Robotics and Autonomous System Boundary-Breakers

Enterprising startups and researchers envision robotic systems that can sense touch, enable telerobotic surgery, speak several languages, and more—and they are close to making that vision a reality.


The interventional cockpit, comprising a radiation shield, monitor, and control console. Image credit: Corindus.

“Every second matters for stroke victims, just as it does for those who suffer heart attacks. Our ability to treat patients wherever they are without remote robotic protocol is the wave of the future.”

Nicholas Kottenstette, Corindus

Patients suffering an acute heart attack or stroke need immediate treatment in a hospital. Unfortunately, not all hospitals have physicians trained in percutaneous coronary intervention (PCI) or neurovascular intervention (NVI) procedures, and not all patients have ready access to a critical care unit.

Corindus has developed a robotic platform that makes it possible for surgeons to perform PCI and NVI on patients located hundreds or even thousands of miles away. Dr. Tejas Patel recently used the CorPath platform to perform the first long-distance telerobotic-assisted PCIs, completing five successful procedures over two days at the Apex Heart Institute in Ahmedabad, India.


“If you want a robot around your house who can take out the garbage or do the dishes, it needs to interact with people on a much more natural level than we’re capable of right now. Sensing in all forms, but particularly touch, is a huge part of that."

Dr. Youngmoo Kim, Drexel University

Hubo’s touch-sensitive sleeve (left) and full-body protective clothing (right). Image credit: Drexel University.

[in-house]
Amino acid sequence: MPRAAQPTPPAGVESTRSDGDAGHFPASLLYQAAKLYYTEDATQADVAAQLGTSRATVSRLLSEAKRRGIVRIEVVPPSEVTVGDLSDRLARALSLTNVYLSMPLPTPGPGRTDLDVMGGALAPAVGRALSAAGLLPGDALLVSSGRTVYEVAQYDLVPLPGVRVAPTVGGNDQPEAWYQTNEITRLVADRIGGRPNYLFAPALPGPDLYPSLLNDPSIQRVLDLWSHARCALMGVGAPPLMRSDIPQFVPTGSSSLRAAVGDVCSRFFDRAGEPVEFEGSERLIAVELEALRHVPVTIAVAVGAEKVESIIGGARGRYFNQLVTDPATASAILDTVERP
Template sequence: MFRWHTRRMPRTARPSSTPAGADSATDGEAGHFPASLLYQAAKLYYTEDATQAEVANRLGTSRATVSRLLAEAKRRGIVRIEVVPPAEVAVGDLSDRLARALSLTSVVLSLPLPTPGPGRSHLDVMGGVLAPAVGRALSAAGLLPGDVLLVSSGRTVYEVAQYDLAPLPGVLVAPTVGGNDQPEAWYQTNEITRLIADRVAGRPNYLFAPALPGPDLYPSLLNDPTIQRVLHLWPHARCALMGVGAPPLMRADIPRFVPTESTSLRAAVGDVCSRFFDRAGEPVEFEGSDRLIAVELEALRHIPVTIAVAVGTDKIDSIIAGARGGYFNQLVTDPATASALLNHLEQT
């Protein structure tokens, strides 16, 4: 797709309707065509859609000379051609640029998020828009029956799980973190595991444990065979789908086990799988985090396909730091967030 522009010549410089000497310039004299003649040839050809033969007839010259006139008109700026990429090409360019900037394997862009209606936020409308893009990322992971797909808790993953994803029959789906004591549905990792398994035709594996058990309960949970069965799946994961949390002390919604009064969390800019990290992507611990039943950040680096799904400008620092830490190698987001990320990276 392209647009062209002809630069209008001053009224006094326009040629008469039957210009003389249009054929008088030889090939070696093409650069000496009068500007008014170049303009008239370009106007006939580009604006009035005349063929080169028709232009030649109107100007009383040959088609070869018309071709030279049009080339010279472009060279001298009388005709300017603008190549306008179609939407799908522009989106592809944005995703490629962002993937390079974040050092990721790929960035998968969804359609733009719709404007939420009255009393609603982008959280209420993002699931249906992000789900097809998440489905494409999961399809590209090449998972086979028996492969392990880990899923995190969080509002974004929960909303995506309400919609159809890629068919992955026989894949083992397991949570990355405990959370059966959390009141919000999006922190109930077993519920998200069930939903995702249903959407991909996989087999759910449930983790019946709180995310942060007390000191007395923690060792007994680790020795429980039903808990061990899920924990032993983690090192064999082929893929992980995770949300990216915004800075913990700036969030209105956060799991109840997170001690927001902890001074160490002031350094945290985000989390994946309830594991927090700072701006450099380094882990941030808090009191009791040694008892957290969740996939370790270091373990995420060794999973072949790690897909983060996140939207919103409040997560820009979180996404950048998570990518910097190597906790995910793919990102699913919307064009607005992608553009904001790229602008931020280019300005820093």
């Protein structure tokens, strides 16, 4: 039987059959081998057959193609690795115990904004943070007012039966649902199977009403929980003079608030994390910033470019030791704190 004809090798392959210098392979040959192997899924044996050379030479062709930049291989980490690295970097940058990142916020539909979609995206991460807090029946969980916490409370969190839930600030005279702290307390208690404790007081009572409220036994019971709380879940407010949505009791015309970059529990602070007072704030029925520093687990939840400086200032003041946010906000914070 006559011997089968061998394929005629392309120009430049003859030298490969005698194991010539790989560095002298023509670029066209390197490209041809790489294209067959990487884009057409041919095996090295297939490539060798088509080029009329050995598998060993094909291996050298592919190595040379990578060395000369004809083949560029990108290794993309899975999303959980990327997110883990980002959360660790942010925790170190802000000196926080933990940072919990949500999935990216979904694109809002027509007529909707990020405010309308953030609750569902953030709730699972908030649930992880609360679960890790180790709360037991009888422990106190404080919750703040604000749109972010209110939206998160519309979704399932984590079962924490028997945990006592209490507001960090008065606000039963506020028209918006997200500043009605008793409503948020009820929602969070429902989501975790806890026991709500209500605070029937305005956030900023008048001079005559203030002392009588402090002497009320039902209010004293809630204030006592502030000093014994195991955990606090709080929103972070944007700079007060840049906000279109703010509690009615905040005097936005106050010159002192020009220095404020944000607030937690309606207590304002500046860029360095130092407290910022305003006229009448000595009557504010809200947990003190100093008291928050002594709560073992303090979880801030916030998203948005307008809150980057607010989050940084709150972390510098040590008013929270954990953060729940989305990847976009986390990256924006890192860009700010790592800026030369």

Drexel University’s Expressive and Creative Interactions Technology (ExCITe) Center equipped their inhouse robot, Hubo, with padded, flexible outerwear to protect it from fall and collision damage.

Capacitive touch sensors in the sleeves give Hubo a sense of touch. The sensors are essentially circuits knitted with conductive yarn that acts as the wiring. When a person’s skin presses the bare conductive yarn, Hubo identifies the location and pressure of the touch, enabling it to distinguish, say, a gentle tap on the shoulder from an aggressive push.


Igor, a self-balancing two-wheeled robot built using the HEBI Robotics platform. Image credit: HEBI Robotics.

HEBI Robotics hardware and software tools enable academic and industrial roboticists to build professional-grade, customized robots in weeks, or even days. HEBI kits provide prebuilt robotic systems, including a six-degrees-of-freedom robotic arm, a self-balancing two-wheeled robot, and a hexapod, as well as MATLAB® scripts to control a single actuator or the assembled robot. After mastering the basics with a kit, researchers can quickly develop their own control applications by extending the example code or using it as a template.


A Robot That Walks, Talks, Dances, and Speaks 20 Languages

NAO is a two-foot-tall, humanoid robot designed by Aldebaran Robotics to interact in a natural way with humans. The robot can adapt to its environment; recognize shapes, objects, and even people; and speak clearly in more than 20 languages. NAO has been used in care homes and hotels, where it can greet residents, provide companionship, and perform tasks such as check-in and checkout. NAO also helps children with special needs. For example, therapists use it to teach social skills to autistic children, who are both reassured and engaged by the robot’s playful yet predictable behavior.

“The robot can provide guidance, motivation, and feedback, while creating a bond with the child who is using it.”

Dr. Yu-Ping Chen, Georgia State University

Published 2020


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